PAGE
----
On the coast of West Africa this week, staying next to the Libyan Embassy, astride one of the 15 countries that did not support the United Nations General Assembly vote on Ukraine, I am struck by two related questions.
Why are fearful migrants still dying in the Mediterranean Sea and why have we withdrawn our British Army forces from arguably the most important security operation in Africa (Mali)?
Part of the answer to this question lies in Merthyr Tydfil with the Ajax programme that the Defence Secretary has been speaking about. It should have entered service with the British Army five years ago, giving our combat troops a credible modern armoured capability and replacing outdated equipment that not even Ukraine would want. Just because we have started paying General Dynamics again does not mean the programme is back on track. It has been put on a completely new schedule and the reliability problems have not been solved, so I don’t understand why the Media has reported that all is well.
I was delighted this week when the Defence Secretary echoed my description of the British Army being hollowed out in his pronouncement about the need to increase Defence Spending.
The implied financial attack on the Chief of the General Staff’s budget comes from three directions. First, the other Services (Royal Navy and Royal Air Force) which have done very well in the past decade as long range stand-off weaponry has been politically more acceptable than close combat. Second, the Intelligence budget (including GCHQ, Cyber capabilities and counter-terrorist programmes) that has absorbed a huge chunk of the money destined for the Armed Forces. And third the rival domestic departments, including the Health and Education that have squeezed the allocation of money that previously was spent on Foreign Policy objectives.
Standing above all this is the Treasury, which scrutinises departmental spending and plays one off against the other. They have special agents inside the Ministry of Defence and many of these RP staff are contemptible for the way they cut programmes on a whim. I was involved in several fights for money between 1994 and 2014 and was astonished how badly some uniformed officers behaved when it came to hollowing out Defence capabilities. The truth is that it was 2005 when the Army could no longer afford its planned activity; I had to write the Review Year Study that year, which was based on the Key Equipment Issues List; an outstanding computer modelling system which was closed down soon afterwards for telling it as it was.
Rather than preparing wisely for the future, the Government now prefers to pay for emergencies through its Contingency Fund (Royal Air Force for the withdrawal from Afghanistan, Royal Navy for the migrant problems in the English Channel and British Army for training Ukraine soldiers on the front line). Due to this poor management, our leadership of the NATO Reaction Force is on the line and it’s no wonder that the Chief of the General Staff has been reported as threatening to resign!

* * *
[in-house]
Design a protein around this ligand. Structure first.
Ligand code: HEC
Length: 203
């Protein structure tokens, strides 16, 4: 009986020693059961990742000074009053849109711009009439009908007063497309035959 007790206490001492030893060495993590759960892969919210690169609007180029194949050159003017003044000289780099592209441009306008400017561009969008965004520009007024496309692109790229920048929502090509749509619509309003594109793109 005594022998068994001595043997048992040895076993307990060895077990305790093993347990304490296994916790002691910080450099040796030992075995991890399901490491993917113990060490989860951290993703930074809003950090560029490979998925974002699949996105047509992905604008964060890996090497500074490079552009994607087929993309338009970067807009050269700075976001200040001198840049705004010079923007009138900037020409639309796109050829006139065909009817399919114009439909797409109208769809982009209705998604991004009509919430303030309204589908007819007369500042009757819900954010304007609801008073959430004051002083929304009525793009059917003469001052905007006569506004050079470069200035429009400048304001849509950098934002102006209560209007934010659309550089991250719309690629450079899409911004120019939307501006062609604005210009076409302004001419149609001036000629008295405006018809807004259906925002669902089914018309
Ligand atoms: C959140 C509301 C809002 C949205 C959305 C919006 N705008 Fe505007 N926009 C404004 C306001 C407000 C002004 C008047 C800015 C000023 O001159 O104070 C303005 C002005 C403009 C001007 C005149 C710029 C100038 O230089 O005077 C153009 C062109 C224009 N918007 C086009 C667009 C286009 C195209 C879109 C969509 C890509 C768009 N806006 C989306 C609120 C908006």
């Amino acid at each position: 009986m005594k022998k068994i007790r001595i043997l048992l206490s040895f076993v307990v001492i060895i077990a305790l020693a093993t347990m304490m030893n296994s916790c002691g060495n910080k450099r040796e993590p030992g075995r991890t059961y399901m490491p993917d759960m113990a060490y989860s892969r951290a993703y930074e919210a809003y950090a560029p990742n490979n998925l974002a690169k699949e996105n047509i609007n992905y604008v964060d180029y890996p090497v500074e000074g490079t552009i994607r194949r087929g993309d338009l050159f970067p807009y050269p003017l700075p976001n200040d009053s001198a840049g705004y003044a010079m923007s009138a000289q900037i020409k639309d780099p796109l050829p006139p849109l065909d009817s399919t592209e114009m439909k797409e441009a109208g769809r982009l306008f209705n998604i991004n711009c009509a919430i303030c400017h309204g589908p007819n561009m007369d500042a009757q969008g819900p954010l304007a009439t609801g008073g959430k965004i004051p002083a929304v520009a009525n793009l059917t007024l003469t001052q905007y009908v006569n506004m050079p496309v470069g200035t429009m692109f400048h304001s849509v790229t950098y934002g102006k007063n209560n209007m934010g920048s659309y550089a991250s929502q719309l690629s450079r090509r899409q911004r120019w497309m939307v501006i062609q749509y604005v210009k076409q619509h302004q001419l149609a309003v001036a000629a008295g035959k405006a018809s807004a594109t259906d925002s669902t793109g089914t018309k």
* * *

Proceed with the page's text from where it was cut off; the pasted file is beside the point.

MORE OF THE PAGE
Challenger Main Battle Tank – When The Army Was Fully Supported
My twice postponed (once for Lockdown and once for Her Majesty’s funeral) talk at Dartmouth House on the last WWI British prisoners of war in Moscow has now been confirmed for the evening of Tuesday 11th April.
I am delighted to announce that a few of the children and grandchildren of those who served in Siberia, or suffered imprisonment in Moscow are joining the audience for the evening. We will be discussing how the prisoners survived their horrendous ordeal with their pet puppy and why their incarceration became such a hot political issue in 1920. Tickets and more information about the talk are available on the English Speaking Union’s website at: https://www.esu.org/event/churchills-abandoned-prisoners-with-rupert-wieloch/
Two of the British Prisoners of War in Siberiain 1920
It is reported that a prominent US general has told the Secretary of State for Defence, Ben Wallace, that the UK is no longer a ‘tier one fighting force’ and the British Army has a ‘diminished war-fighting capability’.
This does not surprise me one iota. The US Defence capability has been forging ahead in the past decade and we have been left behind through deliberate neglect and bungling mis-management. A classic example, which I have regularly written about, is the procurement of the next generation armoured vehicle, known as Ajax. This light tank was due to be in service now, replacing the antique Scimitar, which I operated in Norway, Denmark, Germany, England and Bosnia and is well past its sell-by date (despite several brilliant upgrades for Iraq and Afghanistan).
It is not just our equipment that has been hollowed-out. We have tremendous Special Forces and the Household Division can still put on a fantastic show, but the overall standard of physical fitness, mental toughness and commitment to the team has dropped significantly, according to senior soldiers at training regiments, who I have spoken to in 2022.
The seeds for this situation were sown before the 2010 Strategic Defence and Security Review. Unfortunately, it is not just money that will get us back to Tier One, but at least we have not yet plummeted to the depths of the 1930s, when according the late, great, Brian Horrocks the British Army at home had been reduced to a flag basis and young officers wondered whether the German Army understood that a green flag represented an anti-tank gun!